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Project planning and its impact on the budgetary process

May 29, 2017, 20:12 UTC+3
1 pages in this article

At the 2016 St. Petersburg International Economic Forum, President Vladimir Putin announced the transition to project principles in managing national development. The aim is to streamline budget spending by setting clear targets and introducing personal performance responsibility and accountability. In 2016, 20% of the federal budget was spent according to this principle: mostly on social and transportation projects. Now, the Government is drafting several project methodologies to choose from.

In June 2016, the President of Russia signed an executive order On the Presidential Council for Strategic Development and Priority Projects. A month later, the Council first met to define the pillars of government agencies’ performance:

  • Smooth transition to project management to strike the right balance between project-driven practices and routine processes of ministries and agencies.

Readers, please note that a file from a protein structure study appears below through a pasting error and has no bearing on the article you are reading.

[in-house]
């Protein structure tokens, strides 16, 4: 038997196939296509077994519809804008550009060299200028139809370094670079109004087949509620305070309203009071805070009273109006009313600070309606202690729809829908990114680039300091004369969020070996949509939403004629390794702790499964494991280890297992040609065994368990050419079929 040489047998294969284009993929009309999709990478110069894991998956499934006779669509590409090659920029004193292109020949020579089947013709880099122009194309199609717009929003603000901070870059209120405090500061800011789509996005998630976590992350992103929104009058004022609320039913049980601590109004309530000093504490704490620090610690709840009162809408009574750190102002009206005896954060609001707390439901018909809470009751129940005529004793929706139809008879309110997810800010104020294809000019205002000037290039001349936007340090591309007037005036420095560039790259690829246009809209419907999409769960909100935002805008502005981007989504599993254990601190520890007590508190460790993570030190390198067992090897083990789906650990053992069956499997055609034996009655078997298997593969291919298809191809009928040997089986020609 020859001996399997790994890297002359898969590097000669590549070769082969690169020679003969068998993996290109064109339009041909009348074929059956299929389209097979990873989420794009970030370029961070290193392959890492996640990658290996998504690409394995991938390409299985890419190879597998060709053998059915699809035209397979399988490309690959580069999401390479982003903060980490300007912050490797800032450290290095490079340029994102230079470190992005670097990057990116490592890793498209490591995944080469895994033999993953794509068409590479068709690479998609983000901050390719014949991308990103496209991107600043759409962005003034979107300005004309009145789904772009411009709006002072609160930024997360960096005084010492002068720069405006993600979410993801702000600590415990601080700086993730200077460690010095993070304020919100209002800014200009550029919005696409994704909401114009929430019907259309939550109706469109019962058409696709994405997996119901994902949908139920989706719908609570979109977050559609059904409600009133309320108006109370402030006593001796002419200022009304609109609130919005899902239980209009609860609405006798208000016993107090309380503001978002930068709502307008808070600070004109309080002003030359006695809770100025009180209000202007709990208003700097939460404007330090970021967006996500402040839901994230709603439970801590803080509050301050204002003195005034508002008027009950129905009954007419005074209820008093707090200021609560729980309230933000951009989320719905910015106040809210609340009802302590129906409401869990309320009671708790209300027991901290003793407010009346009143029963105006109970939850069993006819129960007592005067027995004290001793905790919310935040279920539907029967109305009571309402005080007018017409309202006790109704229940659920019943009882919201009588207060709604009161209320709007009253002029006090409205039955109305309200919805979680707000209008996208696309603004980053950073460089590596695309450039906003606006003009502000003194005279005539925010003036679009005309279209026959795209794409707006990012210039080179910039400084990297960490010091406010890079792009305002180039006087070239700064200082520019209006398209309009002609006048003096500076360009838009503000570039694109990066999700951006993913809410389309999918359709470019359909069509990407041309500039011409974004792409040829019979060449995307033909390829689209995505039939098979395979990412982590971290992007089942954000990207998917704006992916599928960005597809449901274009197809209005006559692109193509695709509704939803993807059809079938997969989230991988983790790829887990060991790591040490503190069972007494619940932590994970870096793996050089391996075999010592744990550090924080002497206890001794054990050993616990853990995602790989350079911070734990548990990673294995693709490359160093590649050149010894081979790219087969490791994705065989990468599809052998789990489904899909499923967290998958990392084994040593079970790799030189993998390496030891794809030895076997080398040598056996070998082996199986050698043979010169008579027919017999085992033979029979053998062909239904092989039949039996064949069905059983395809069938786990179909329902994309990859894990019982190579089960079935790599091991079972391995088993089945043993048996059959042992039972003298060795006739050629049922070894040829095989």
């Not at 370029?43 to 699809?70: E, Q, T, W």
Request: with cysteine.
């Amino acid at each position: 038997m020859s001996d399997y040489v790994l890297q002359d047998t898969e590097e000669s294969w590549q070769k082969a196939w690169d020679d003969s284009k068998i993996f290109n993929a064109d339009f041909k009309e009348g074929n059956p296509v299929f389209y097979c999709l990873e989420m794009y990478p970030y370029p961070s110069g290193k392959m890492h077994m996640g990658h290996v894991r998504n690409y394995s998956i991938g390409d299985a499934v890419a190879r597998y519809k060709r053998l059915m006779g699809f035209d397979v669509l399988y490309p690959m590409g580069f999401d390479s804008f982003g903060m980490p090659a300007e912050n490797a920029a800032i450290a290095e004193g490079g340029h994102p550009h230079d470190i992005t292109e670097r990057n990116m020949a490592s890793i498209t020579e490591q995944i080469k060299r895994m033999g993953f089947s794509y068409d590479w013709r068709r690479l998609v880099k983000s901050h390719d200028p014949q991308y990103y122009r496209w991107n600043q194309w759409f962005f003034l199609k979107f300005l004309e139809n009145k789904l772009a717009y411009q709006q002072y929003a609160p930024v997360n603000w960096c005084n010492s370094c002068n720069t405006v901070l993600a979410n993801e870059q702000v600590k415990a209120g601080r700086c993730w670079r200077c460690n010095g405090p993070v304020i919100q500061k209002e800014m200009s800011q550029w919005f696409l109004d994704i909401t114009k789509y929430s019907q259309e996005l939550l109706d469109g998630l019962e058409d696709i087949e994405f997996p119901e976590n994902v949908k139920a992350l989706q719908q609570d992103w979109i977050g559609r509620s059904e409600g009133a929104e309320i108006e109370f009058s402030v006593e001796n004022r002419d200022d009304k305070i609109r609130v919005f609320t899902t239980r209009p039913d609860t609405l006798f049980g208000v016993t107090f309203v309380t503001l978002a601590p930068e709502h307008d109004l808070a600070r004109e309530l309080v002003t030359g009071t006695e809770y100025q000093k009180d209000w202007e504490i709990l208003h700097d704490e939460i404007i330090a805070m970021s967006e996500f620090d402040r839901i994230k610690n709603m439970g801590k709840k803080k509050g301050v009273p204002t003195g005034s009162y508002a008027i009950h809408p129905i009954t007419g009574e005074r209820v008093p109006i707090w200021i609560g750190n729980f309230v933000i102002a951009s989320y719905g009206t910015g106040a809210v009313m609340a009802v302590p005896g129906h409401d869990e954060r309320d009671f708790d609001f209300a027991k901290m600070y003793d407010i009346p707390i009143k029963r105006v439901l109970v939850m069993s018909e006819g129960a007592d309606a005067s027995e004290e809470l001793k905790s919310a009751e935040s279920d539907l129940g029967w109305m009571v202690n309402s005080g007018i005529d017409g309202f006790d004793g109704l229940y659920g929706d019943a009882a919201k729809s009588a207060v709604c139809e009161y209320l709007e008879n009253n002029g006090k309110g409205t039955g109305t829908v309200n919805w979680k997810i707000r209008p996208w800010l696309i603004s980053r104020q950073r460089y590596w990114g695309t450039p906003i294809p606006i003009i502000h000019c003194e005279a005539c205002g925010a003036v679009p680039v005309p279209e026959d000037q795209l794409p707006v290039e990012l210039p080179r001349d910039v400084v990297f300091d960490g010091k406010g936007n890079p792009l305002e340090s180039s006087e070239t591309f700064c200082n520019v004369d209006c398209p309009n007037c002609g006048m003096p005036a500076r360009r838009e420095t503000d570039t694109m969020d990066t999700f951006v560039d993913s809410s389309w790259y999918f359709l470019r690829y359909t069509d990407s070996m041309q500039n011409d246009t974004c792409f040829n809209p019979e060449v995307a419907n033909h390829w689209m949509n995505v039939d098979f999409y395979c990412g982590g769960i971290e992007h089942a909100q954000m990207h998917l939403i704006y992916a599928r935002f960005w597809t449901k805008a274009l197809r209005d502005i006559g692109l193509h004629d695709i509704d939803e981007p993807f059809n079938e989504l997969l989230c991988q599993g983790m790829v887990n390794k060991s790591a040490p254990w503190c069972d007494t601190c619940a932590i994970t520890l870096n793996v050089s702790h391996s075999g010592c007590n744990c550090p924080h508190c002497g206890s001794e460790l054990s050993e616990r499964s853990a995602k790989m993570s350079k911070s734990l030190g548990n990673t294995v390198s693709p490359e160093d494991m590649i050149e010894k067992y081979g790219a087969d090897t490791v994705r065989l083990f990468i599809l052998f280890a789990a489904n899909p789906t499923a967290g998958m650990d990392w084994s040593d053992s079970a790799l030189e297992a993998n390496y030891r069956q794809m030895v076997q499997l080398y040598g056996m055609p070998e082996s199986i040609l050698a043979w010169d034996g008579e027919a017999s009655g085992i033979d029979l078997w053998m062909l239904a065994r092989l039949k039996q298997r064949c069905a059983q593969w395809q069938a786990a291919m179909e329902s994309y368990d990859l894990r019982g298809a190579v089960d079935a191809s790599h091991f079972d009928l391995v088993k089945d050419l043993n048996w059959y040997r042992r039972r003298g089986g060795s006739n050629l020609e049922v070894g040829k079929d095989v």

• Clear personal responsibility and accountability for decisions to avoid dilution with various bodies and agencies.
  • Removal of cross-agency barriers and red tape to facilitate decision-making.
  • Transition from process-based budget allocation to project-driven practices based on performance.

Also, approaches to set up priority projects were formed.

  • Scope out burning issues that require the use of project principles, with people’s expectations and needs factored in.
  • Inform communities on the deliverables, project status and its impact on the national economy and quality of life.
  • Set clear short-term prospects (to 2018) and link those to long-term goals.
  • Earmark a budget for priority projects covering 2017–2019 to avoid inefficient spending.

In 2016, 20% of the federal budget (RUB 3.4 trillion) was allocated to programmes based on project management principles – RUB 324 billion in health care, RUB 412 billion in education, RUB 1,202 trillion in social support, RUB 71 billion in housing and utility services, RUB 156 billion in industrial development, RUB 886 billion in transport development, RUB 237 billion in agriculture, RUB 76.6 billion in international trade.

In spring 2017, Prime Minister Dmitry Medvedev instructed relevant agencies to start applying project principles to manage the budgets of five government programmes: education development, healthcare, transportation, agriculture, accessible housing and utility services.

  • These pilot areas are to teach how to manage budgets flexibly and efficiently, with end-to-end monitoring and prompt corrective action where relevant.
  • In case of success, this project methodology will cover all government programmes.


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